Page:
Thurston County’s Board of County Commissioners voted 3-0 last week to ban the use of neonicotinoid insecticides on the property that it manages and owns. The ban affects 77 acres of county facilities, 2,646 acres of parks, 47.1 miles of trails and one mile of right-of-way landscape.
As such the county has become the county government in Washington state to protect pollinators. The use of neonicotinoids has come increasingly under fire as the the chemical is highly toxic to honey bees and bumblebees.
“I’m just elated,” said Mark Emrich, president of the Washington State Beekeepers Association. “I think it’s incredibly gutsy.”
“I really think that municipalities are really starting to take on the role of it,” said Emrich, of Rochester . “If the EPA and the USDA aren’t going to take this on, we’re going to protect our own backyard.”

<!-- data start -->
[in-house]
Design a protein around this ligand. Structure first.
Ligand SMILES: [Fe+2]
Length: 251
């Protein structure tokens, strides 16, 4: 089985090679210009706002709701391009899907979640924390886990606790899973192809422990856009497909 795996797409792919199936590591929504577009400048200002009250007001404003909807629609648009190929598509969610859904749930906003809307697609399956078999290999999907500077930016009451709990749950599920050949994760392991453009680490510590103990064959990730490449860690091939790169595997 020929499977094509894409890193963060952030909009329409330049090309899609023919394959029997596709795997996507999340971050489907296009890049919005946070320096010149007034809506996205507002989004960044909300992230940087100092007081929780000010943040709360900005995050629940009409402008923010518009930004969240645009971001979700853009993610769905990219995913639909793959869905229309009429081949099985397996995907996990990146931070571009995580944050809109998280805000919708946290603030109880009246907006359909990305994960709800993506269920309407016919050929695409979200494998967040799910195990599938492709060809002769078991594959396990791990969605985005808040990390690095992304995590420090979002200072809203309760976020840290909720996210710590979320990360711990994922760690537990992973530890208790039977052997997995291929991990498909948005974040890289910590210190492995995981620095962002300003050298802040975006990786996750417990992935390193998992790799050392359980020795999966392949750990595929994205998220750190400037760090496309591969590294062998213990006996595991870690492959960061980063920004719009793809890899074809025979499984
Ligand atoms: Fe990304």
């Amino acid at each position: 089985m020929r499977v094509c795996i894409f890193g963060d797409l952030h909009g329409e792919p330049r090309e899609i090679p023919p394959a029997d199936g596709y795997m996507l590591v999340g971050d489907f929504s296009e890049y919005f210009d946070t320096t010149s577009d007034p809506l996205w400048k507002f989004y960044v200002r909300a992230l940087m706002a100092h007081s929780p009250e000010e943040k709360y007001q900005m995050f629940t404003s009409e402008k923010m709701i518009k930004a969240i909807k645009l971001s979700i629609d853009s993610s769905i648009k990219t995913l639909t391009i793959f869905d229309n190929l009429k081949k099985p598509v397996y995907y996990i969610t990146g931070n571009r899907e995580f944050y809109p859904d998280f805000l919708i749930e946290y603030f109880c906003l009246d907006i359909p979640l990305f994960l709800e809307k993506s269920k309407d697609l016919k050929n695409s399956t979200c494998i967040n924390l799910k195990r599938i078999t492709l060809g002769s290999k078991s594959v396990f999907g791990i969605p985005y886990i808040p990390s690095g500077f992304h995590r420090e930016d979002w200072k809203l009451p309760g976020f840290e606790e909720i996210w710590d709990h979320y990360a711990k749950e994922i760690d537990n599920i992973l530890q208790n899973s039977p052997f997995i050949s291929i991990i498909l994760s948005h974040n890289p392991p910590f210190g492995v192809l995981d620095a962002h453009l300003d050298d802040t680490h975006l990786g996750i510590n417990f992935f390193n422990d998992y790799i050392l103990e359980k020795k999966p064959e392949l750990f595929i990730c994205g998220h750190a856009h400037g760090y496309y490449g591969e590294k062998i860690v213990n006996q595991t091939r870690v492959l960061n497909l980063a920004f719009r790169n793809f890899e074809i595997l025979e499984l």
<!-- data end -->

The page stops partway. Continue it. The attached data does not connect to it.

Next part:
“The goal of it is to send a big message to the public,” Thurston County commissioner Sandra Romero said. “… We feel that it is a big enough issue and there could be a crisis if we have more bee colony collapses, more sick hummingbirds, more loss of our bats. All of the pollinators are in jeopardy.” “We really think that the public, when they know and they have the information, will make the right choice,” she said. “We want to be known as a pollinator-friendly community.”
The county is working with the cities of Lacey, Olympia and Tumwater, as well as LOTT, the Port of Olympia and the Nisqually Land Trust to extend the ban to their managed lands.